***I found them in your gallery. Just go to reply, not quick reply. You should see some icons above the message field. The lower set ends with a big G. You just click on that, it goes to your gallery, click on the photo you want, and it appears here. To post another one, hit enter and then hit the G again, click on the next photo, and continue on and on... If you don't see the G in the lower set of icons in the reply field, then you may have to click on your tools and then go to compatability view. This will suddenly open up the icons with the big G. Are you as confused as I am? It actually works!

 

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I uploaded the photos to the gallery and they showed up there, but when I hit the post button, only the text above the photos came through. 

Jim:old dude:

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Well, I'm still confused, but there they are.  The part of the text that didn't show up the first time : 

The first photo is my loco.    In the second photo, the right hand engine is mine,  the
middle one is Cameron's and the left is the Roundhouse loco.

Jim    ???:old dude:

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I really like the looks of those. Have always thought of trying my hand at building one of those. I've got their bigger cousin, 2-6-6-2 Seiarra RR. engine.

I think we need a how to article. :glad:

Bernd

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Well Mike,
that's an interesting question about how many more locomotives does anyone really need. I've come to the conclusion that since there is no more room for any more locomotives in the engine house, I maybe shouldn't get any more.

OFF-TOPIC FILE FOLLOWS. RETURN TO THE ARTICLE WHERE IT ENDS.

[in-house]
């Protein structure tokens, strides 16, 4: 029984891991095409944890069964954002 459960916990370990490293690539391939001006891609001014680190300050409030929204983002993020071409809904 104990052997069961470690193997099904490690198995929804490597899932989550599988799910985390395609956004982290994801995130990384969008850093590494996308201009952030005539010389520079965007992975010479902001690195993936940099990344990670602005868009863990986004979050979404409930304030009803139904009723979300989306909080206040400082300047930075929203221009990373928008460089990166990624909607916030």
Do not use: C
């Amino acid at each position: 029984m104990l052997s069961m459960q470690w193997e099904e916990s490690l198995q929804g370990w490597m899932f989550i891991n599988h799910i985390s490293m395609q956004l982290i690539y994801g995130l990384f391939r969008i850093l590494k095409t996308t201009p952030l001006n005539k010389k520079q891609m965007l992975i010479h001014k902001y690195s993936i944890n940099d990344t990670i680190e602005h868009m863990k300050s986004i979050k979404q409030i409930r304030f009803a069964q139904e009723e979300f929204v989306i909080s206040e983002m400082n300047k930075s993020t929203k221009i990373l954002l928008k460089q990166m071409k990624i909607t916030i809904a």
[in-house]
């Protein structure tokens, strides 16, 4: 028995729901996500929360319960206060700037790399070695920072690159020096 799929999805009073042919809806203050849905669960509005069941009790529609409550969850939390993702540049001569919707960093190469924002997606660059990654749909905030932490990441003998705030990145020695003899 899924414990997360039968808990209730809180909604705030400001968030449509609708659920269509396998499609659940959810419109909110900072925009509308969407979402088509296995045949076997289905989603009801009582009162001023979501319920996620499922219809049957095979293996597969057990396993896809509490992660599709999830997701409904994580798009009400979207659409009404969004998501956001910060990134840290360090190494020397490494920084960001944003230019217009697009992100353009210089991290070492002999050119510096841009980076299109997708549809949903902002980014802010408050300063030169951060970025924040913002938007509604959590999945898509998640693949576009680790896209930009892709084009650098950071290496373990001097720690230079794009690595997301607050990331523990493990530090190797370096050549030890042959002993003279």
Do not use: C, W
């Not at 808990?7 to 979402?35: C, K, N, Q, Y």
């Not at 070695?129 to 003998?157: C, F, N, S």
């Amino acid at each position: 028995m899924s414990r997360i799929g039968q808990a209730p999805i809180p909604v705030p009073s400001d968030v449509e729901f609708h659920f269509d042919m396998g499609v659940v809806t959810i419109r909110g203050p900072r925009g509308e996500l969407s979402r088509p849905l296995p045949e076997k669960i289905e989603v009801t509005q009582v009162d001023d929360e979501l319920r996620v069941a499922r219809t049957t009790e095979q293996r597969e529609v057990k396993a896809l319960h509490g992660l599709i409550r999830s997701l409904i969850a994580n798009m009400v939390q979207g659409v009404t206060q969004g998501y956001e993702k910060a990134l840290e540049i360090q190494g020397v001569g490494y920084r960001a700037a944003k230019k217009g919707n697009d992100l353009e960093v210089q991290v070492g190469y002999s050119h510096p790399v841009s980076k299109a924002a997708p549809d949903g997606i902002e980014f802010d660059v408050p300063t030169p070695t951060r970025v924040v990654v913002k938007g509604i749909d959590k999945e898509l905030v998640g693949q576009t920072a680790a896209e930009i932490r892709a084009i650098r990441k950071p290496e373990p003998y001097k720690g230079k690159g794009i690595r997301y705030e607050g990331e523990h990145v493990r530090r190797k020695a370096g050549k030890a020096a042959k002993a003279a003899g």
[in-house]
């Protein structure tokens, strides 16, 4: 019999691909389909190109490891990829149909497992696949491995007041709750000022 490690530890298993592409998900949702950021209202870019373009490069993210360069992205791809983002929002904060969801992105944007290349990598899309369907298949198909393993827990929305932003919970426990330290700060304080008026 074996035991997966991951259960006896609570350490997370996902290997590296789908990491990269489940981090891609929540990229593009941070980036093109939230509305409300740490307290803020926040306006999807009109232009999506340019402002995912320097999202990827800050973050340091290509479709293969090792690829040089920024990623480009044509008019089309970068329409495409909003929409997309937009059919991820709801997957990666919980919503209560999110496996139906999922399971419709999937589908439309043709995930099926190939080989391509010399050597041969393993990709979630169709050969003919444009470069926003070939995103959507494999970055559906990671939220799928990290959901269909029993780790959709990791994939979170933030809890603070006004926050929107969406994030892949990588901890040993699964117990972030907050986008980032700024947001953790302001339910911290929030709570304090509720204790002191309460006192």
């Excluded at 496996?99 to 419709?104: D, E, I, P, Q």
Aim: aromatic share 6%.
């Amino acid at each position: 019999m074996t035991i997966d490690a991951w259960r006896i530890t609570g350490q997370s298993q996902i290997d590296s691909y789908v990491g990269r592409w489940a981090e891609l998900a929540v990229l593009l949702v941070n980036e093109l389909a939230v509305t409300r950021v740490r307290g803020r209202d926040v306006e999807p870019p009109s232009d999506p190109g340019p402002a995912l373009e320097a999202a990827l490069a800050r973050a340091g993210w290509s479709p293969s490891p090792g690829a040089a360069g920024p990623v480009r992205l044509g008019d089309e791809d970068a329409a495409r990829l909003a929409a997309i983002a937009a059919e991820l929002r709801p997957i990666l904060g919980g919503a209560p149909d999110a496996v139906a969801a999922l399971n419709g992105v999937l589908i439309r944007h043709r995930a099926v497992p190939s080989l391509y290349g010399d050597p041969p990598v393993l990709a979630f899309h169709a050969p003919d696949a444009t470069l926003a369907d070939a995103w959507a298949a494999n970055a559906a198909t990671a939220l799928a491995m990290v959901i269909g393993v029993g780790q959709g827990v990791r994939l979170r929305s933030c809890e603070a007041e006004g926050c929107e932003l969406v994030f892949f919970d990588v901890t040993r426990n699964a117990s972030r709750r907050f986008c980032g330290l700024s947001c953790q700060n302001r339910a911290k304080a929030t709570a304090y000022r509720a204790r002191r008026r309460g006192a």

Dennis aka Jawboneflats

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Well it appears as tho thy round house runneth over.   Ya got loco's parked coming out the wazoo.  !!!!!!!!!

Looks like you need to expand your round house out to the left by adding a shelf side extension and a bunch of parking tracks.  You could also work an ash pit into the whole scene. After all it looks like you have a turntable and that allows the parking tracks spread around.

 

madmike3434

mike lynch

Herb Kephart
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Or blow that back wall out and extend the stalls!



Herb 

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I just joined and saw the string on the 2-4-4-2.
I have a Gem Models brass "Skookum" model that's been in storage for 15-18 years (can't remember where I got it, though I think it was in San Diego when I lived there back in the early 70's. Now that I am retired I am unpacking all my brass collection and updating them for a new layout. My 2-4-4-2 ran well so I tuned it it and converted it to DCC/Sound, added lighting and glazing and did some touch up ..... runs and sounds fantastic....a beautiful loco that fun to watch & listen to.

Can't seem to upload photo ?? Oh well, will learn
Cheers, Mike

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Mike-

Have you looked at the second and third "stickie" topic in the "General" section?


Herb